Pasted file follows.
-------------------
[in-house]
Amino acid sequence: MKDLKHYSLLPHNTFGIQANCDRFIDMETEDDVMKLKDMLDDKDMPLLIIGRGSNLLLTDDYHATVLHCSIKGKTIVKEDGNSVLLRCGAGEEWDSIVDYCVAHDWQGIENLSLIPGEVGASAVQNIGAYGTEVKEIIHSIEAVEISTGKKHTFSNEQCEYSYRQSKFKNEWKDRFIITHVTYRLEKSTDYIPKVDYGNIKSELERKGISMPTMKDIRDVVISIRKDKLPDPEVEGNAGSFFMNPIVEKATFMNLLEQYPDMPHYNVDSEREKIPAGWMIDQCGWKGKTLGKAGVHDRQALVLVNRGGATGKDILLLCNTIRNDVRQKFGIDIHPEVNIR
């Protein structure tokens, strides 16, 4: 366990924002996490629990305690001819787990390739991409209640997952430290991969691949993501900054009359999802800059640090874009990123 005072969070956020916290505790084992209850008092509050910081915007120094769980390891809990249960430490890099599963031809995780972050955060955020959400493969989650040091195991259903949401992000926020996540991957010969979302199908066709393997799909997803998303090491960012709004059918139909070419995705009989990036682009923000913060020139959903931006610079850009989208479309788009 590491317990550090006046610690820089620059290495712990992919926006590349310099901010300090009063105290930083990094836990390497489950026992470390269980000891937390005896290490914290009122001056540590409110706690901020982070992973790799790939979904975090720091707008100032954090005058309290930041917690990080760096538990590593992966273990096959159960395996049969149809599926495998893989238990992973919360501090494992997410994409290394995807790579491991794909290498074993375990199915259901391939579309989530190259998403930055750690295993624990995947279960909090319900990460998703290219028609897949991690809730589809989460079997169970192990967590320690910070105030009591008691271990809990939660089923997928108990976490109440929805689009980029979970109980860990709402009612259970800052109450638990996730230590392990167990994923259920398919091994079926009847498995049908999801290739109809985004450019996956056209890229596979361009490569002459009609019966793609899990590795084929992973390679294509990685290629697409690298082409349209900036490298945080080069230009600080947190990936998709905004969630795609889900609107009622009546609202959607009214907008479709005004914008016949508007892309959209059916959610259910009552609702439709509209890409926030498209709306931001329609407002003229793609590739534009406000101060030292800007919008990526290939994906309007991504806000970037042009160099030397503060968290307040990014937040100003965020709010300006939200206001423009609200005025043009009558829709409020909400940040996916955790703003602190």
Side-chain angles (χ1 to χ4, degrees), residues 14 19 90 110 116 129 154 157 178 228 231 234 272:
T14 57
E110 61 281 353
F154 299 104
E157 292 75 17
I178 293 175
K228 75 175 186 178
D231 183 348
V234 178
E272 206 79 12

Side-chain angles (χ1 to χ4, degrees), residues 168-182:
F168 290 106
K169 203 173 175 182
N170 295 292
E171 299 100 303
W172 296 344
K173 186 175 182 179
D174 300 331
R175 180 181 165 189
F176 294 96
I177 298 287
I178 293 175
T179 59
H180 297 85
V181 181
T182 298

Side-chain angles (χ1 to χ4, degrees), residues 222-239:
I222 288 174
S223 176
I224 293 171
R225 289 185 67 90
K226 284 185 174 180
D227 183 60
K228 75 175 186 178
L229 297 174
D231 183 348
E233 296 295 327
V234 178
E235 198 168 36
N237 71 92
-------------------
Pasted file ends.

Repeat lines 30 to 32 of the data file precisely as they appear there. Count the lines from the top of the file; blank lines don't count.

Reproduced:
Side-chain angles (χ1 to χ4, degrees), residues 222-239:
I222 288 174
S223 176